Licking River (Kentucky)

The Licking River is a partly navigable, 303-mile-long (488 km)[2] tributary of the Ohio River in northeastern Kentucky in the United States. The river and its tributaries drain much of the region of northeastern Kentucky between the watersheds of the Kentucky River to the west and the Big Sandy River to the east. The North Fork Licking River, in Pendleton County, Kentucky is one of its tributaries.

Licking River
Licking river.jpg
The mouth of the Licking River, where it joins the Ohio River
Physical characteristics
 • locationMagoffin County, Kentucky
 • location
Ohio River
Length303 miles (488 km)
Basin size3,593 sq mi (9,310 km2)
 • locationAlexandria, Kentucky
 • average5,694 cu/ft. per sec.[1]

Origin of nameEdit

The Licking River near the Blue Licks Battlefield State Park

The Native Americans of the area called the river Nepernine. When the explorer Thomas Walker first saw it in 1750, he called it Frederick's River. An earlier name given by hunters and frontiersmen, Great Salt Lick Creek, makes reference to the many saline springs near the river that attracted animals to its salt licks. The origin of the present name is unclear, though likely related to the previous name.[3]


Numerous Native American tribes inhabited the watershed for at least part of the year for several thousand years;[citation needed] Native American tribes that frequently hunted in and around the Licking River valley included the Shawnee and Cherokee. Other, older settlements of unnamed groups in Bath County on Slate Creek are also known. The river served as an important transportation and trade route for both Native Americans and, from the mid-18th Century on, colonists of European descent who began pushing into the area (predominately from Virginia, Maryland and the Carolina colonies).

In 1780, during the Revolutionary War, a group of American frontiersmen under George Rogers Clark gathered at the river's mouth for their march up the valley of the Little Miami River, where they conducted operations against British outposts and British-supported Native American tribes, including elements of the Shawnee, Miami, Mingo and Delaware. In 1782, the river was the site of the Battle of Blue Licks.[4] The Newport Barracks in Newport guarded its mouth from 1803 to 1894.

The Licking River is now used extensively for recreation, including shallow-draft boating, canoeing and fishing. It is used for rowing practice by the Cincinnati Junior Rowing Club.


The watershed of the Licking River, with the North Fork and South Fork Licking River tributaries

The Licking River rises in the Cumberland Plateau of eastern Kentucky, in southeastern Magoffin County (37°31'16"N 82°55'56"W)[5] at the confluence of two smaller streams and an elevation of 1006 feet.[6] It flows northwest in a highly meandering course past Salyersville and West Liberty. In Rowan County in the Daniel Boone National Forest it is impounded to form the large Cave Run Lake reservoir. Northwest of the reservoir it receives Fleming Creek approximately 8 miles (13 km) northwest of Carlisle and flows across the Bluegrass region of northern Kentucky. It receives the North Fork from the east approximately 10 miles (16 km) northwest of Mount Olivet and the South Fork from the south at Falmouth. It joins the Ohio opposite Cincinnati, where it separates the cities of Covington and Newport. The river was used as the southwestern border of the original Mason County and is the southwest border of Fleming and Rowan counties today.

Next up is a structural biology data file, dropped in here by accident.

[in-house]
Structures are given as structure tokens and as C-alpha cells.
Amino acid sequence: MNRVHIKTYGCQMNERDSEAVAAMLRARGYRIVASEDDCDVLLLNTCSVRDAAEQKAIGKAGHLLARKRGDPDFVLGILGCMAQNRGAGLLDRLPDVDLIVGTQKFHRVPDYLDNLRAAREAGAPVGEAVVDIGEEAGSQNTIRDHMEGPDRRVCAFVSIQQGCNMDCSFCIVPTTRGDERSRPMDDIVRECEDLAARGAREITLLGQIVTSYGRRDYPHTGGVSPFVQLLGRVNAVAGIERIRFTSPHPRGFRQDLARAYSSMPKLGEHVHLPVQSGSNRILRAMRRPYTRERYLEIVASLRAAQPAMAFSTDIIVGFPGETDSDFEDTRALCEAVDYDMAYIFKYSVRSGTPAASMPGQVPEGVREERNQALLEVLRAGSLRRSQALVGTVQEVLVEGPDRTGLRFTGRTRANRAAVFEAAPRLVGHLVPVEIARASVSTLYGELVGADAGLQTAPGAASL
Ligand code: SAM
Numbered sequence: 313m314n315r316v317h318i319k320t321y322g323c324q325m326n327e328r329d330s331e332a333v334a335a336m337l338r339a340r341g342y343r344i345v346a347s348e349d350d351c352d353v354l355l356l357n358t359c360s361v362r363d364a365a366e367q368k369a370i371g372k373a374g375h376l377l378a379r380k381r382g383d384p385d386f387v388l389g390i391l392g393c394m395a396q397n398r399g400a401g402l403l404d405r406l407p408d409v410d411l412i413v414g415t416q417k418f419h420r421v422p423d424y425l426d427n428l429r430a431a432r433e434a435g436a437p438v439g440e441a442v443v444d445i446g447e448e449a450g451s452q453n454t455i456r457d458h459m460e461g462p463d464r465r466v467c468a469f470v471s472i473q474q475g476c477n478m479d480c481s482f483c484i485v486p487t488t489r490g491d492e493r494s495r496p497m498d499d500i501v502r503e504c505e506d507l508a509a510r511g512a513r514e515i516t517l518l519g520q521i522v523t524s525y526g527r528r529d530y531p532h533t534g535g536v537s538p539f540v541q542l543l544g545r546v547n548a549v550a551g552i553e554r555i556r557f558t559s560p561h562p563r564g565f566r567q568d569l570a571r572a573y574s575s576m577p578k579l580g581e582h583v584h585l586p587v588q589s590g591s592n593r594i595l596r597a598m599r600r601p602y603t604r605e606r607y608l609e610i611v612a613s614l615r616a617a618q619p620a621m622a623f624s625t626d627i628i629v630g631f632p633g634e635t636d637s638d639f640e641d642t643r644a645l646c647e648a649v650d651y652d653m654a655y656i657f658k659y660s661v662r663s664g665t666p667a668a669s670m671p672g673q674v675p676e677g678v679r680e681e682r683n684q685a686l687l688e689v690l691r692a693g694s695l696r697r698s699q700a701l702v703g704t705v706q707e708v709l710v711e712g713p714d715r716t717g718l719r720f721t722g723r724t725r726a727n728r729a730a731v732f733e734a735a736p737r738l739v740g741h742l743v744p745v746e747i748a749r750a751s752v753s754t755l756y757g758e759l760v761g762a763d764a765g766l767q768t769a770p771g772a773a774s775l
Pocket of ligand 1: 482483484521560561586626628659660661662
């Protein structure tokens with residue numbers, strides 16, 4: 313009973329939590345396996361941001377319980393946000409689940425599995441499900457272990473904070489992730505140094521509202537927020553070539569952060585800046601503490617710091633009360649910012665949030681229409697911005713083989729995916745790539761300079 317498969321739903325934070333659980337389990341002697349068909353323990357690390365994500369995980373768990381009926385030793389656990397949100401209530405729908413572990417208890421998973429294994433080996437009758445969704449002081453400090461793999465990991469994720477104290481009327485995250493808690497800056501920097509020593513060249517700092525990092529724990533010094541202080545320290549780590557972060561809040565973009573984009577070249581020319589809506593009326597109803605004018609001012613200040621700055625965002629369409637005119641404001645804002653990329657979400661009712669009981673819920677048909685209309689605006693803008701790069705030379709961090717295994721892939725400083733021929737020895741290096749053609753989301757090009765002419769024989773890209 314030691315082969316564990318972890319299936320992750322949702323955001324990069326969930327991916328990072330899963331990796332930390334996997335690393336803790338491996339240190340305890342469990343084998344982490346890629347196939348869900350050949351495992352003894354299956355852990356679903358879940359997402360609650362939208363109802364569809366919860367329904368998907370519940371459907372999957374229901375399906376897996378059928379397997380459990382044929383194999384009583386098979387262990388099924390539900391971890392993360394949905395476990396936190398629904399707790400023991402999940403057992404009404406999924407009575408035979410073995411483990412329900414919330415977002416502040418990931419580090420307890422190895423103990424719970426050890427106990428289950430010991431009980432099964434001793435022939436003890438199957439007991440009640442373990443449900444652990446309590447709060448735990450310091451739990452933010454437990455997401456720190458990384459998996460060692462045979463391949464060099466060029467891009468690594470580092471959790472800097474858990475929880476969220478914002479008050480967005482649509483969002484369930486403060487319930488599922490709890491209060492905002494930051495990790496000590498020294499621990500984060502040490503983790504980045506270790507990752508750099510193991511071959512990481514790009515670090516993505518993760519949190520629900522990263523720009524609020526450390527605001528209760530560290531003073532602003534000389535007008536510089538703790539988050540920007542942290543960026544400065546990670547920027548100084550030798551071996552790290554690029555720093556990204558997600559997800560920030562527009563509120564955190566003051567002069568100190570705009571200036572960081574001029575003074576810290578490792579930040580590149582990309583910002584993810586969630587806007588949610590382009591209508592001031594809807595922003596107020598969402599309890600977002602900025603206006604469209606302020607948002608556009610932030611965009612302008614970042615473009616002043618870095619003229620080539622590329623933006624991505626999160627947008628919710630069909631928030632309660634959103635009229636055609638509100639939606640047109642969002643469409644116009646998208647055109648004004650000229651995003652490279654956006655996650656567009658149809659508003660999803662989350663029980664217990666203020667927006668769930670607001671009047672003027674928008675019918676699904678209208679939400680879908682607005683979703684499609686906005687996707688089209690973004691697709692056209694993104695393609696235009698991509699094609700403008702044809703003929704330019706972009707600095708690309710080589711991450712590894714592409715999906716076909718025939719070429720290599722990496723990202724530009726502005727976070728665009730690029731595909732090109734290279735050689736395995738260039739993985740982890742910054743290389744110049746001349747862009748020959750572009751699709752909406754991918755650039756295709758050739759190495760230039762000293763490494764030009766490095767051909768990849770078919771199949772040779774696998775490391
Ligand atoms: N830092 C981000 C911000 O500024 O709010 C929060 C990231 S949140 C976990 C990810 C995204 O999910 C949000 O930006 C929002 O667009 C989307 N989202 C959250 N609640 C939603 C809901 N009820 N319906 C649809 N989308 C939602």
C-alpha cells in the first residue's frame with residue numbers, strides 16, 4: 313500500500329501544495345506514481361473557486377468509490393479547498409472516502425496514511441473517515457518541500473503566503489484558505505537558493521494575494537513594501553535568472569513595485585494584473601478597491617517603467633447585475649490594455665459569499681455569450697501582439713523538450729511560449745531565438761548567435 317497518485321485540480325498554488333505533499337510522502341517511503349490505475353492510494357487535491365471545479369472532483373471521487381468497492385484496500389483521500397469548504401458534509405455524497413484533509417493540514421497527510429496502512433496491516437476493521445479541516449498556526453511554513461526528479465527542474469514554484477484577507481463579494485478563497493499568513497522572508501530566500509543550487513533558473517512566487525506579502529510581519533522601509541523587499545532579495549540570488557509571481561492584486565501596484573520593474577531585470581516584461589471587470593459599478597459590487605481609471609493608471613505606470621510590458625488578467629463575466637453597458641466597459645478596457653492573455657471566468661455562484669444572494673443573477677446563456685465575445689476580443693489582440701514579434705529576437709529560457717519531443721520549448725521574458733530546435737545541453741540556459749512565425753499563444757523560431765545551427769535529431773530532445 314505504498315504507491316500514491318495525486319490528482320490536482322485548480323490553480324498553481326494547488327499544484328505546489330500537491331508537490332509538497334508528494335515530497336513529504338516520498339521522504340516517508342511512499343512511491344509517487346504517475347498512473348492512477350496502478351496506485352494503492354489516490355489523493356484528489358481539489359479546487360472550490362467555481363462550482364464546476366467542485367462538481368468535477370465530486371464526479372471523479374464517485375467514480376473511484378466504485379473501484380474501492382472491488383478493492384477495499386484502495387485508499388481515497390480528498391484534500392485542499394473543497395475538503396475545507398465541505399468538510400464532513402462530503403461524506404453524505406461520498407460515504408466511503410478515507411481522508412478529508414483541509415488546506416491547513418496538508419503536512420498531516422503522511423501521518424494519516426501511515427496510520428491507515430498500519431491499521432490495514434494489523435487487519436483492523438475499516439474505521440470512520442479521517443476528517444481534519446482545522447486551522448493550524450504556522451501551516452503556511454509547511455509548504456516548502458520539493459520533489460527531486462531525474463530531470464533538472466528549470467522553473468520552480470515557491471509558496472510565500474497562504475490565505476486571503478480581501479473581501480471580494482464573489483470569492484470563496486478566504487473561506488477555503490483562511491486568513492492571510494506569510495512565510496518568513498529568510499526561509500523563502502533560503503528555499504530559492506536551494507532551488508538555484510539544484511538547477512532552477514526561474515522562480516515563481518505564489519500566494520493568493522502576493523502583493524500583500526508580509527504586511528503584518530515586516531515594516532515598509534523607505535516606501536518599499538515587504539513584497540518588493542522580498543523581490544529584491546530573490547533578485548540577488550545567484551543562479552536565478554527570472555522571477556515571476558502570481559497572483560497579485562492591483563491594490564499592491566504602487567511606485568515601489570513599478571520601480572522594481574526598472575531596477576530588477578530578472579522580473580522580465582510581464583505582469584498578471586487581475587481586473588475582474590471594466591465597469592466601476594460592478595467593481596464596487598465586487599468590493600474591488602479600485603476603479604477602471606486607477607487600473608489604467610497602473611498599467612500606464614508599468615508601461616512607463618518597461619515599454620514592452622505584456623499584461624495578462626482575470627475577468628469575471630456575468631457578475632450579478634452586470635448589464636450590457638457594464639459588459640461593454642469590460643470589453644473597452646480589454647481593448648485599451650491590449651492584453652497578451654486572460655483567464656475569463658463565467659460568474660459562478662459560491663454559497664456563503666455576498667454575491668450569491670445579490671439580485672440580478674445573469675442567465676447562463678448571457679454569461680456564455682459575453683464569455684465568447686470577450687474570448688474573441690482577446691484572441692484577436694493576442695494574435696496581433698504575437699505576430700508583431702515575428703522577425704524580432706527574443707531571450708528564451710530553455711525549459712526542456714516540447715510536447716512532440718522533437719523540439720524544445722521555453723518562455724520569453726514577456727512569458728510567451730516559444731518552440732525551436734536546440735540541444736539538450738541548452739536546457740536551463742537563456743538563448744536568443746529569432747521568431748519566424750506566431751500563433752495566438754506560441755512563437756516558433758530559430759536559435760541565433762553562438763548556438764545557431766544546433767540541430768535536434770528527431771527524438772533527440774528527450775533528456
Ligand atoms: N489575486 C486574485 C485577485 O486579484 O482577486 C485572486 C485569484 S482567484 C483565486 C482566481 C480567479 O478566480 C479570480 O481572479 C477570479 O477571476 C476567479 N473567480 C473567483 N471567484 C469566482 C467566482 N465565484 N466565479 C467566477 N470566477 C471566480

Flora and faunaEdit

The North Fork near Mays Lick

The river is considered by ecologists to provide a unique ecosystem in the region. The lower river is considered to be a habitat for the relatively rare native muskellunge. The river basin supports several other fish species, including: redside dace, mimic shiner, streamline chub, slender madtom, blue sucker, paddlefish, and eastern sand darter. There are more than 50 species of freshwater mussels, of which 11 are endangered. The watershed provides wetland stopover habitats for about 250 species of migratory birds, an unusually high number. Several state and federal agencies, as well as private organizations such as The Nature Conservancy work to protect the diversity of this important habitat.[citation needed]

The largest common carp taken in the state of Kentucky (54 lbs., 14 oz.) was caught in the South Fork of the Licking River.[7]

See alsoEdit


  1. ^,00060
  2. ^ U.S. Geological Survey. National Hydrography Dataset high-resolution flowline data. The National Map Archived 2012-04-05 at WebCite, accessed June 13, 2011
  3. ^ Kleber, John E., ed. (1992). "Licking River". The Kentucky Encyclopedia. Associate editors: Thomas D. Clark, Lowell H. Harrison, and James C. Klotter. Lexington, Kentucky: The University Press of Kentucky. ISBN 0-8131-1772-0.
  4. ^ Federal Writers' Project (1996). The WPA Guide to Kentucky. University Press of Kentucky. p. 250. Retrieved 24 November 2013.
  5. ^ U.S. Geological Survey Geographic Names Information System: Licking River (Kentucky)
  6. ^ David, KY, 7.5 Minute Topographic Quadrangle, USGS, 1992
  7. ^ "Kentucky State Record Fish List". Kentucky Department of Fish and Wildlife Resources. 2006-04-17. Archived from the original on 2007-02-10. Retrieved 2007-02-17.

External linksEdit

Coordinates: 39°5′30″N 84°30′13″W / 39.09167°N 84.50361°W / 39.09167; -84.50361